South Africa is now ranked thirty-seventh in the global property rights rankings of the International Property Rights Index, with its score having declined from seven in 2017, when the country ranked twenty-seventh, to 6.35 this year.
This is the largest decline by any country measured, mostly owing to government’s accepted policy of land expropriation without compensation and aim of changing Section 25 of the Constitution, which protects property rights and ownership.
South Africa is now second in the African region of the index, behind Rwanda.
The global index – published by the Free Market Foundation and Property Rights Alliance – ranks property right protections in 125 countries, covering 98% of the world’s gross domestic product and 93% of the global population.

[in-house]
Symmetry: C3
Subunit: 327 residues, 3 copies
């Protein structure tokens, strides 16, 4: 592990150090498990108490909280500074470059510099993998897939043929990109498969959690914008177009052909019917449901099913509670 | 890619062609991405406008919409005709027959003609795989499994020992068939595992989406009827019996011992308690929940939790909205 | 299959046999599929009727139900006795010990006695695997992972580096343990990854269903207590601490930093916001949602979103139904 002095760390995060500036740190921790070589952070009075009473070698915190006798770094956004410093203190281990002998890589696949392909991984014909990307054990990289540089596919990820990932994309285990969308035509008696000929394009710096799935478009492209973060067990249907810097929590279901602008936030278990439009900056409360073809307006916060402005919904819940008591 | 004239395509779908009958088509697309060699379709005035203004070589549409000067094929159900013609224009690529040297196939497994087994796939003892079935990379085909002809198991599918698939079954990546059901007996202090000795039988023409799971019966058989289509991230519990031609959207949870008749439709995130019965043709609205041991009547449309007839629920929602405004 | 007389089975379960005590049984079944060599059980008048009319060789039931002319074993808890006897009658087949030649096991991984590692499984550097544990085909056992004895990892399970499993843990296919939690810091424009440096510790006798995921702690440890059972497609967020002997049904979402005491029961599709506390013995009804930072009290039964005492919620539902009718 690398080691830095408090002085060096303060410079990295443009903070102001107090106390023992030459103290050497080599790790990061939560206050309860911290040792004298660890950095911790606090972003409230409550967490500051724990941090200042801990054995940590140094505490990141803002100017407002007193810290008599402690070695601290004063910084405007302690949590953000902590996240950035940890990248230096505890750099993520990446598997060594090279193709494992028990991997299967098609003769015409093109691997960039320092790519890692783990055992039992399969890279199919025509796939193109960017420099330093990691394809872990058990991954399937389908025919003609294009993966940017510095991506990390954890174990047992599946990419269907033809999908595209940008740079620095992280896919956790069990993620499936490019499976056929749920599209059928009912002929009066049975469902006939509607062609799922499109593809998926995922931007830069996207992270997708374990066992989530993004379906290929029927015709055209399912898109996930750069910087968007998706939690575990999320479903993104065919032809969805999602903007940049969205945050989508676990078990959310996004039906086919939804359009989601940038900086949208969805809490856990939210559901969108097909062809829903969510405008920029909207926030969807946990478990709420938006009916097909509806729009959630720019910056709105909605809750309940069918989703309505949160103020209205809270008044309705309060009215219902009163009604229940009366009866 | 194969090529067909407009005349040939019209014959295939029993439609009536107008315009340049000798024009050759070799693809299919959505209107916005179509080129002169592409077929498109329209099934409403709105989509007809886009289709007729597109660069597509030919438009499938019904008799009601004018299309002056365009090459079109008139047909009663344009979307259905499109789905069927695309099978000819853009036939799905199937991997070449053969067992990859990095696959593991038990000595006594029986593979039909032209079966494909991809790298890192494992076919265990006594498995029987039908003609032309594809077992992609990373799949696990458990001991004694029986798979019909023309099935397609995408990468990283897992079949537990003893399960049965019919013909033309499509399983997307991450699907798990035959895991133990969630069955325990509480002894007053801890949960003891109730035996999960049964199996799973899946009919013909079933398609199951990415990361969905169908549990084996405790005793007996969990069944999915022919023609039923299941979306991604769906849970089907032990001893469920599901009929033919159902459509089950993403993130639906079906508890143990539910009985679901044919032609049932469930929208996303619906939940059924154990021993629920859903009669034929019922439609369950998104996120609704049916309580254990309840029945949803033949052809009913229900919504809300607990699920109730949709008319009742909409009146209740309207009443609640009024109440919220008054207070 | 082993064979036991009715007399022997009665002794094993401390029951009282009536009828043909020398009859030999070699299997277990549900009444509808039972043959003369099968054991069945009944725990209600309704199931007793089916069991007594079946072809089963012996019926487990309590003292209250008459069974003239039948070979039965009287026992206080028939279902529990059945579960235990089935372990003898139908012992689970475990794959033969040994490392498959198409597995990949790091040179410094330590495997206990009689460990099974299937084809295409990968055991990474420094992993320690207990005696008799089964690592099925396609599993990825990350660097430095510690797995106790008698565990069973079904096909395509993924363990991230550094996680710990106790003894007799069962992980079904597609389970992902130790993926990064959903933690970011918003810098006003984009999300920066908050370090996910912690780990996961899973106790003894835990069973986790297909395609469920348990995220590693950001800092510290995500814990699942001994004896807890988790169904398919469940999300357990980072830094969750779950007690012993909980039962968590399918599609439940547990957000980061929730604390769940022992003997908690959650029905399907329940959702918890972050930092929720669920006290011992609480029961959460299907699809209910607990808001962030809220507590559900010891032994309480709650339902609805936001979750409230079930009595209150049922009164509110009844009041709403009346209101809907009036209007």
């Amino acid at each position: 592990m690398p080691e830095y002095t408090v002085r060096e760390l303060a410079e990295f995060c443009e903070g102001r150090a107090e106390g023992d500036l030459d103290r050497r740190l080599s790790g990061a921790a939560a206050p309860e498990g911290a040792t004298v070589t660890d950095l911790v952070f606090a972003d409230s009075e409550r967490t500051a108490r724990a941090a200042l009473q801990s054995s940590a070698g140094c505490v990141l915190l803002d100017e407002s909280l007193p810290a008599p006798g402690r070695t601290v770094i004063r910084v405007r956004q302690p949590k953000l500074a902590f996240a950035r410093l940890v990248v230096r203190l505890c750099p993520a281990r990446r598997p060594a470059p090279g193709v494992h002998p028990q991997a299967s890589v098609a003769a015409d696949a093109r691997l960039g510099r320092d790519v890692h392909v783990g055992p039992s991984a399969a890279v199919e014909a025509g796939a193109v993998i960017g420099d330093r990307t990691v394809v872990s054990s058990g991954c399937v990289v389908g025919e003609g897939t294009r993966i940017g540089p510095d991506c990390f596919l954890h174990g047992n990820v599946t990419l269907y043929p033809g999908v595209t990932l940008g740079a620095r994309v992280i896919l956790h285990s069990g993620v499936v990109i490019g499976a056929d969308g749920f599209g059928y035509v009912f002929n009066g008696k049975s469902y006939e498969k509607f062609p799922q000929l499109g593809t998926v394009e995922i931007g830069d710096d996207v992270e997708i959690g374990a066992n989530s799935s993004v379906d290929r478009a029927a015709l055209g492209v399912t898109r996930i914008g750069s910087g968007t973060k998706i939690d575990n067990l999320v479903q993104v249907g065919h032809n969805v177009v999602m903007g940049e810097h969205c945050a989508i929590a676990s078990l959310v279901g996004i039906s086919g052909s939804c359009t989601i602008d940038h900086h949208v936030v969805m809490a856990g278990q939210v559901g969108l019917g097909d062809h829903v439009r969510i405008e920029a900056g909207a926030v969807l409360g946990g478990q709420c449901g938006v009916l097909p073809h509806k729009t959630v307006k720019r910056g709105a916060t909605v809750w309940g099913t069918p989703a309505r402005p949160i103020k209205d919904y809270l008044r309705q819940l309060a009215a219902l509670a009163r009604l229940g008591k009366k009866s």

The index measures the strength of physical property rights and intellectual property rights and assesses the legal and political environments that sustain them.
Worldwide, six-billion people suffer from inadequate protection of their property rights.
Only 758-million people, or 13%, of the world enjoy adequate protections for their artistic works, inventions, and private property.
Finland, New Zealand and Switzerland are ranked the highest on property rights protections on the International Property Rights Index.